July 17, 2020
Dear Pacific students, faculty and staff:
The faculty and staff of University of the Pacific have been working tirelessly over the past few months preparing to fully reopen our three campuses for the new academic year. That preparation has advanced remarkably well, with new health and safety protocols; course reconfigurations; advanced teaching technologies; redesigned classrooms; intensive sanitizing procedures; and screening, testing and tracing capabilities ready to launch on our Stockton, Sacramento and San Francisco campuses.
But our plans have always been predicated on the state of COVID-19 as we got closer to the start of the academic year. Unfortunately, our regions’ flat and comparatively low rates of COVID-19 cases experienced through the spring have rapidly accelerated over the past month. Therefore, we have determined that it would be unwise to reopen our campuses as we had hoped and planned. While disappointing to many of us – and certainly not the semester we anticipated – the health and safety of our students, faculty and staff must and will always take precedence.
Nevertheless, our new plans for the fall semester, with nearly all of our teaching and learning conducted remotely, will provide our students the same superb Pacific education by combining the unparalleled skills of our inspiring, dedicated and caring faculty and staff with the spirit of educational innovation that has been the hallmark of California’s first chartered university throughout our 169-year history. And we are adding dozens of new innovative and interactive academic, professional, recreational and social experiences that will add to the richness of the Pacific fall semester.
The Academic Experience
Our faculty, who successfully transformed their classes from on-campus learning experiences to remote classes in March within a matter of days, have now spent months refining their remote classes. They are leveraging new technologies and best practices and working with the Center for Teaching and Learning to provide the Pacific-quality education that draws students from around the world to learn and grow at our university. Our students will be enrolled in the same classes with the same professors and the same classmates at the same days and times, immersed in the same material and achieving the same learning goals. The only difference will be the place of learning.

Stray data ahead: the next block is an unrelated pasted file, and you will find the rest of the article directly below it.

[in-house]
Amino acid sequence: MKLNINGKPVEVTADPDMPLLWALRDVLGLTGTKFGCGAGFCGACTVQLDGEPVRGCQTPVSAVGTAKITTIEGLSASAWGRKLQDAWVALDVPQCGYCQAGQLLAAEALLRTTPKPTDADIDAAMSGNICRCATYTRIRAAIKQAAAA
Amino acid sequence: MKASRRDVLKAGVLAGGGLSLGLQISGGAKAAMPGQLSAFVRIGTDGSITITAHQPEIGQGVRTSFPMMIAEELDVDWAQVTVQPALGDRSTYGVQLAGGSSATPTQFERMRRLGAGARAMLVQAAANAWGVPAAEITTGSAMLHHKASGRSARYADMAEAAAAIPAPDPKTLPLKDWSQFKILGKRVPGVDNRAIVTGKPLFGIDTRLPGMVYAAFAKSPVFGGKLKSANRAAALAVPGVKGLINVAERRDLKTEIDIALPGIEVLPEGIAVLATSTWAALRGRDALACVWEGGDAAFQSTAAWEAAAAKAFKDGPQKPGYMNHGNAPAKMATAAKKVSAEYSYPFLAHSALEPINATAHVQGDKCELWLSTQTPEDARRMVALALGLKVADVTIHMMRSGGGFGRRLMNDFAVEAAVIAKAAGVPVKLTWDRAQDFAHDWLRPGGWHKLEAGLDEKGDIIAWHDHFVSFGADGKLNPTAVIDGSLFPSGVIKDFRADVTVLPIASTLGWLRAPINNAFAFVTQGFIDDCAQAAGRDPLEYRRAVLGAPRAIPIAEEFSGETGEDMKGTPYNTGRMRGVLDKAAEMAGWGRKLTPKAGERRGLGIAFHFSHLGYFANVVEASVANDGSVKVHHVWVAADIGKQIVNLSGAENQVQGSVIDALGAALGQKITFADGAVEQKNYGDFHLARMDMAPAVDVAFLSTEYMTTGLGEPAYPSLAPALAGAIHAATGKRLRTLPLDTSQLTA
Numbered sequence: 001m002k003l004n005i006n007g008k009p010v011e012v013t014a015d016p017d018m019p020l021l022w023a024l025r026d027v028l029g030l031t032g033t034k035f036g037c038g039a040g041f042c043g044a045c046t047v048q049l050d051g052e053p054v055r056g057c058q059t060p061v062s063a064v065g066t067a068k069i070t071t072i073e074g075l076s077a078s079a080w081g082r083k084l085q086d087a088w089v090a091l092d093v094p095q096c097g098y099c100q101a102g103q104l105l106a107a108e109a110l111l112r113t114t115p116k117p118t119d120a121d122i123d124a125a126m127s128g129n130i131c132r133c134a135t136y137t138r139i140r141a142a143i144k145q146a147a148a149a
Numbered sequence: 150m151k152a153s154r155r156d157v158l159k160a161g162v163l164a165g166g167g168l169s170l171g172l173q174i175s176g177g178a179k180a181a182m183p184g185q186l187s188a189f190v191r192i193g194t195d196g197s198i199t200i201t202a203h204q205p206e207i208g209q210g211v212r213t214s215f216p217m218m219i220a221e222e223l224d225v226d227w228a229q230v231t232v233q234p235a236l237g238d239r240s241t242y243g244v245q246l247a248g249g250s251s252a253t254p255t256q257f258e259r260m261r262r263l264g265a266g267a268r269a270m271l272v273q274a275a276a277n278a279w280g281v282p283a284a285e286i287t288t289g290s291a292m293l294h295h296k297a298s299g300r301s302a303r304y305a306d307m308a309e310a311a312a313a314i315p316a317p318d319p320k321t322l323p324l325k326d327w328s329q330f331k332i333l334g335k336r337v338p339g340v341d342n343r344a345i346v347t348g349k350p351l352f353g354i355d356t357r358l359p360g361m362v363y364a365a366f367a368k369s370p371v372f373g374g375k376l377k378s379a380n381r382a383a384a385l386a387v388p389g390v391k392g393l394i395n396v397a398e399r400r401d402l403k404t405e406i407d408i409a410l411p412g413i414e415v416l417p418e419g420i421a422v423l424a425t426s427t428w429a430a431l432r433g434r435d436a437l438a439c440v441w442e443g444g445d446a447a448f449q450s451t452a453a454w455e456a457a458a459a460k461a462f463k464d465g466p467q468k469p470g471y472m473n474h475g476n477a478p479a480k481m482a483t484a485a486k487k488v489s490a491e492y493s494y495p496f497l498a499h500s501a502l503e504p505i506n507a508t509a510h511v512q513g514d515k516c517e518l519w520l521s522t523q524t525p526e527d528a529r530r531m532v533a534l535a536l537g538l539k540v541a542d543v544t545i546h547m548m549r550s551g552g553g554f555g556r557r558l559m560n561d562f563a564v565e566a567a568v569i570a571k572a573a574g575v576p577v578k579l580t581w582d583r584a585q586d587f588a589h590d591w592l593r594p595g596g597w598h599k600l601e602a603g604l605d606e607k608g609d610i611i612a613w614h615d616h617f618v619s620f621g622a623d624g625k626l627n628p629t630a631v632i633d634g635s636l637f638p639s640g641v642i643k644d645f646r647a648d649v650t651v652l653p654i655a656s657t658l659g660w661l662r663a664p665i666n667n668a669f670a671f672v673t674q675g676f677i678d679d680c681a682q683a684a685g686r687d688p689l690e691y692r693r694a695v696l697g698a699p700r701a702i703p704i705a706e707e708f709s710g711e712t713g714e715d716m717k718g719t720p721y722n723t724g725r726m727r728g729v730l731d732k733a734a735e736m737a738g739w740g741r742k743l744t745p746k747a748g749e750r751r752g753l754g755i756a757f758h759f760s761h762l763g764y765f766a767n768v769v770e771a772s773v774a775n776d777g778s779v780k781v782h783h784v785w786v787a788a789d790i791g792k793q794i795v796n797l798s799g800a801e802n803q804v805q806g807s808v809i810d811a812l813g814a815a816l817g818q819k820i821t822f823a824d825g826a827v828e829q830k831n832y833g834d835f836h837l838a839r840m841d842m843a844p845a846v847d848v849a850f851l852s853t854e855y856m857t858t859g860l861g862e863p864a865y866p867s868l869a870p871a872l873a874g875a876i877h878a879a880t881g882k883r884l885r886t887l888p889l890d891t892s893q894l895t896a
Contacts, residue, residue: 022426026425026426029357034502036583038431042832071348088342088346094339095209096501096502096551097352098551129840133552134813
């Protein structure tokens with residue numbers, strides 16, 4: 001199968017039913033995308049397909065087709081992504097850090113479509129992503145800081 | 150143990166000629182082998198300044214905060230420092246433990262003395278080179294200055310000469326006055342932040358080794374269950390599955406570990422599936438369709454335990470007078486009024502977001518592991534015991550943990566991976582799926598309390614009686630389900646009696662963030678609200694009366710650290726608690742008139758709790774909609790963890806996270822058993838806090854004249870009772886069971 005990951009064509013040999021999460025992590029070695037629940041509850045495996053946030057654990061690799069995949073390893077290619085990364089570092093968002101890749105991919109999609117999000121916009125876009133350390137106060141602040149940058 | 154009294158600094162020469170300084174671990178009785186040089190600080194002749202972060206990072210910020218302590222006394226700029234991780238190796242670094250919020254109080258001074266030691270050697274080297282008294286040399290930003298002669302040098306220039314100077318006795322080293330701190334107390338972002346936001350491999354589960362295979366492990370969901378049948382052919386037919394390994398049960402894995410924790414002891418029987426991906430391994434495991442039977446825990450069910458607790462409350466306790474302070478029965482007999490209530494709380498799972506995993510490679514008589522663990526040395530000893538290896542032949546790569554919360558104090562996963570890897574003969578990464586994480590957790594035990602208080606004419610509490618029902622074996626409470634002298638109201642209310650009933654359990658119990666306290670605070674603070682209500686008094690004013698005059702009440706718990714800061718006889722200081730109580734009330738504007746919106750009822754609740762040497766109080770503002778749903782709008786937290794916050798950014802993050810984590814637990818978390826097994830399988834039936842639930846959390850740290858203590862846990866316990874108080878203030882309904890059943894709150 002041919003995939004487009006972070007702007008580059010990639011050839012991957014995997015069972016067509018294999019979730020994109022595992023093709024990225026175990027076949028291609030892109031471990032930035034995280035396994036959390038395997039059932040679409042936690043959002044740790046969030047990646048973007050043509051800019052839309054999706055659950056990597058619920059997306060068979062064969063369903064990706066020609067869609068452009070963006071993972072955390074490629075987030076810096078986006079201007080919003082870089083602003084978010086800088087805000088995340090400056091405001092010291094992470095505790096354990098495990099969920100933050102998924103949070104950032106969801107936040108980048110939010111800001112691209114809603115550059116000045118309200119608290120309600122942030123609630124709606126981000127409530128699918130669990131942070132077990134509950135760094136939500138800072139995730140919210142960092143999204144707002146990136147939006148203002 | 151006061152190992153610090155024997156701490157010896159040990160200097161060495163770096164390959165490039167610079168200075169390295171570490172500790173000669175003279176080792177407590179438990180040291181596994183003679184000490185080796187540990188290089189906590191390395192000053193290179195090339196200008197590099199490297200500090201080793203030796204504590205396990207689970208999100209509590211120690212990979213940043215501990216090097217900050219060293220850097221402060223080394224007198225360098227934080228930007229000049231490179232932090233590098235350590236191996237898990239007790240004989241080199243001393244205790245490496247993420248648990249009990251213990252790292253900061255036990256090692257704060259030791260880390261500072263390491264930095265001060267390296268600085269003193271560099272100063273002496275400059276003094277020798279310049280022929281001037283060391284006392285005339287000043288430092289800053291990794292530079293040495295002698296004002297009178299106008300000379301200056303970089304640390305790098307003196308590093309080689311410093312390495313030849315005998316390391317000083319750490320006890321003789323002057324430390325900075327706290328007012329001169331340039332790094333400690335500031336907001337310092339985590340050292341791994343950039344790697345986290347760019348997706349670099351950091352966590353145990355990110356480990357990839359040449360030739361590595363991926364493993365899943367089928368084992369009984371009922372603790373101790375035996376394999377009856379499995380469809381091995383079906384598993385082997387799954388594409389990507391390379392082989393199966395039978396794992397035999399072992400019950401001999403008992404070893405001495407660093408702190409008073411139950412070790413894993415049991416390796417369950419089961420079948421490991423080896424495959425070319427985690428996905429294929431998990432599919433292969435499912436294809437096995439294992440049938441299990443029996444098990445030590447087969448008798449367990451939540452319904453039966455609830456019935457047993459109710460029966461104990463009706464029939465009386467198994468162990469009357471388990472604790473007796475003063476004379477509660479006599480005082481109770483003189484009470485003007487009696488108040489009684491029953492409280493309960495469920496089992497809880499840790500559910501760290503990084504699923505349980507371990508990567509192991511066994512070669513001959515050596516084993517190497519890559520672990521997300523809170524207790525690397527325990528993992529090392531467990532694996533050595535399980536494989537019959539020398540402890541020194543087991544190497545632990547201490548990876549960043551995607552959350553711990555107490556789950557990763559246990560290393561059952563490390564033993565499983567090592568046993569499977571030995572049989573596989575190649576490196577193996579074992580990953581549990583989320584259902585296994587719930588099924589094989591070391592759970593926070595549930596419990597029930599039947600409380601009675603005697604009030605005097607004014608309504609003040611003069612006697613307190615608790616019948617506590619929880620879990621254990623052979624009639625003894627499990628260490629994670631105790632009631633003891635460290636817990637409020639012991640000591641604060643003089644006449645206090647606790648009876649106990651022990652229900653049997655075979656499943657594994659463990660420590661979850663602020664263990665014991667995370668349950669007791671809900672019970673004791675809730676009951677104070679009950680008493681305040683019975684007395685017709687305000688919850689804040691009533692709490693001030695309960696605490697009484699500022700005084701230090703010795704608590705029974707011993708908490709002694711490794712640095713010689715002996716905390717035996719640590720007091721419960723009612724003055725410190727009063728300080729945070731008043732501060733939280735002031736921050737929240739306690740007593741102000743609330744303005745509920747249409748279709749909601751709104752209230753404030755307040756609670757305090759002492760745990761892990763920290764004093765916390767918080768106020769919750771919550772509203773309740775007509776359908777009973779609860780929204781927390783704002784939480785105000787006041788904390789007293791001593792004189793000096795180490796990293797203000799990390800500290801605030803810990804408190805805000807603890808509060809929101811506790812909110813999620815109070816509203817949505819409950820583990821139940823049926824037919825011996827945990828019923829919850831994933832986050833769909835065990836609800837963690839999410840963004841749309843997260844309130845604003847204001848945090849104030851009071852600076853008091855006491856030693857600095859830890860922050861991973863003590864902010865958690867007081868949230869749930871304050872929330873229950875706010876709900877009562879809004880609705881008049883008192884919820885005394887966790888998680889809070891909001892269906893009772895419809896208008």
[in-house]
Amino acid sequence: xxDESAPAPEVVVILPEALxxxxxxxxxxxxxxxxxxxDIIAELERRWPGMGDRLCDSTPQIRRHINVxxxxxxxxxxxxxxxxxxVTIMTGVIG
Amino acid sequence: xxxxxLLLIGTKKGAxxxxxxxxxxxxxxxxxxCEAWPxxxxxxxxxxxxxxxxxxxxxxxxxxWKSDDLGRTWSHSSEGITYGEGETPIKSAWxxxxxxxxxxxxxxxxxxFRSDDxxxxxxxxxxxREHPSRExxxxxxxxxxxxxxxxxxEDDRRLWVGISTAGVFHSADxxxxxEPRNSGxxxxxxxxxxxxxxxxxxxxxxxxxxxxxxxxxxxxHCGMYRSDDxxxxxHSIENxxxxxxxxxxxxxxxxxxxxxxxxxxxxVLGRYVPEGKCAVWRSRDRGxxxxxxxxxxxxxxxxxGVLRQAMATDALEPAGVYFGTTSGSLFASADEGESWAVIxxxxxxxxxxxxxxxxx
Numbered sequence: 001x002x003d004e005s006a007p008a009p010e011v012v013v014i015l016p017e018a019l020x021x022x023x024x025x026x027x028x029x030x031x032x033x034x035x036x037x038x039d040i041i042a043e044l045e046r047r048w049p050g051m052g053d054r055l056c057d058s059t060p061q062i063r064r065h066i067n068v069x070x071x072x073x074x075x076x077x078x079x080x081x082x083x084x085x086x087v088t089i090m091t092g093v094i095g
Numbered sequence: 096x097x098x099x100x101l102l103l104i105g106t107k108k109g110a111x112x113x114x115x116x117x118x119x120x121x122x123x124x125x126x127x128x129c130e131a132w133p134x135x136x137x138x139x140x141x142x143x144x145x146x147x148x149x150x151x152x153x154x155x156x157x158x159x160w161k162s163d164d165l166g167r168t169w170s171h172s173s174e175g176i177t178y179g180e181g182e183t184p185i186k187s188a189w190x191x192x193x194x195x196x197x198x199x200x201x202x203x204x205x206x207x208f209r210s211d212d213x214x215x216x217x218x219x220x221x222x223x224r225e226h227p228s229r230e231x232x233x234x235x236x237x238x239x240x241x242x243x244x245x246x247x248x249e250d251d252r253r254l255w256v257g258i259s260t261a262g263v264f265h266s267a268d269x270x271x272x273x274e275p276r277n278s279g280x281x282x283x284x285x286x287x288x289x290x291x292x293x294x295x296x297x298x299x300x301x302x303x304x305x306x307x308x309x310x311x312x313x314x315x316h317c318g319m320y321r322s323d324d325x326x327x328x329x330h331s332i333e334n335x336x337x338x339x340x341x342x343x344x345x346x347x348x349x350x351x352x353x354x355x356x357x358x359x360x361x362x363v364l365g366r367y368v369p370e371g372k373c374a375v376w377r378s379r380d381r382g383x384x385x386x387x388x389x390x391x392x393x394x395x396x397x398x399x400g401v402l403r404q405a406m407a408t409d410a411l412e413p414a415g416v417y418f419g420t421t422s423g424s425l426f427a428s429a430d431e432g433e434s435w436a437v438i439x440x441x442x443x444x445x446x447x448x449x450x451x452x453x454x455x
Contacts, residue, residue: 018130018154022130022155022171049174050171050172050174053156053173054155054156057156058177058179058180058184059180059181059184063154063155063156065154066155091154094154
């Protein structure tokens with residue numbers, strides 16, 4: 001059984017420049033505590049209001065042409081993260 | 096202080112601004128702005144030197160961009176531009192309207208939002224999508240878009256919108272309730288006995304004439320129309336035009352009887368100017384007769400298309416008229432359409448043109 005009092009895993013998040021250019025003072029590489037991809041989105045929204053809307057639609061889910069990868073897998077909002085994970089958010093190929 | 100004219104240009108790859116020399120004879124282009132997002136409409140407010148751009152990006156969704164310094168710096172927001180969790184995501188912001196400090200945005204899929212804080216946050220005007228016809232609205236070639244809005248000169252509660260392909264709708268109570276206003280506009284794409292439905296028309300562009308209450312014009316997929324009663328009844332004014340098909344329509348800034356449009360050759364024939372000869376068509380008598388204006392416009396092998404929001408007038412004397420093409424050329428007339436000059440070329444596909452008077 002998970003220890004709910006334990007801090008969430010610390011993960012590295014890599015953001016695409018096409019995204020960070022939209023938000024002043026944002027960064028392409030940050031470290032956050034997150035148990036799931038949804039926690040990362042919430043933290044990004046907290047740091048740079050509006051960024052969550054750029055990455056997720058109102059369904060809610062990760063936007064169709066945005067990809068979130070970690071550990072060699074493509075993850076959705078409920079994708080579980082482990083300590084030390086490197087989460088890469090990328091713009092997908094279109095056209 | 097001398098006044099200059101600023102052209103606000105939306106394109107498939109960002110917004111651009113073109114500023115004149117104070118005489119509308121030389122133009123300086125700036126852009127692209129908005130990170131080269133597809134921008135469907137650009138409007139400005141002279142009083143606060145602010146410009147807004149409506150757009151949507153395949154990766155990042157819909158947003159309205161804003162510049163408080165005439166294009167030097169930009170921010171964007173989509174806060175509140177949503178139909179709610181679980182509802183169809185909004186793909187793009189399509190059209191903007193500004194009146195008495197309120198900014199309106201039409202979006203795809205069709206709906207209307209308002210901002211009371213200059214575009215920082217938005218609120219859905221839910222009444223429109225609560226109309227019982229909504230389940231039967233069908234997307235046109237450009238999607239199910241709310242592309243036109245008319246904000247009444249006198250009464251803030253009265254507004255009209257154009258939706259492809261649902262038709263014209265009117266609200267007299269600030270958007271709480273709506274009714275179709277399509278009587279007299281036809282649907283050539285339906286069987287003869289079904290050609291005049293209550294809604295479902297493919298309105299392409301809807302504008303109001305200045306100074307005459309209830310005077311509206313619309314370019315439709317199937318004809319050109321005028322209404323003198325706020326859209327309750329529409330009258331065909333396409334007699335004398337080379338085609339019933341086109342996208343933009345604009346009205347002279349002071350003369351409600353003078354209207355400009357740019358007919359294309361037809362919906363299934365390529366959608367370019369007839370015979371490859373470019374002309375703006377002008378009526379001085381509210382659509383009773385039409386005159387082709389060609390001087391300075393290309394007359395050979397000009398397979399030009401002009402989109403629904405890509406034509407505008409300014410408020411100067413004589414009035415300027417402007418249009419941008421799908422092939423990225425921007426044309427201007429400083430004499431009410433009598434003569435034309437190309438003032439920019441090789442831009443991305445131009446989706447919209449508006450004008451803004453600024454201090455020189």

Furthermore, our faculty, departments and schools are developing additional learning experiences for our students in the fall to enhance the course experience, including small cohort study and discussion groups and regular one-on-one meetings with faculty and advisers.
Meanwhile, the William Knox Holt Memorial Library and Learning Center will expand its offerings to help students succeed, including the virtual delivery of the Student Writing Center, one-to-one tutoring services, research consultations and sessions on effective note taking, reading strategies, study groups and supplemental instruction for gateway courses in biology and chemistry. Students, faculty and staff will have remote access to the library’s nearly 400,000 e-books and e-journals plus publisher databases and 40,000-plus streaming videos. The print collection of books and journals will be mailed to remote users on request.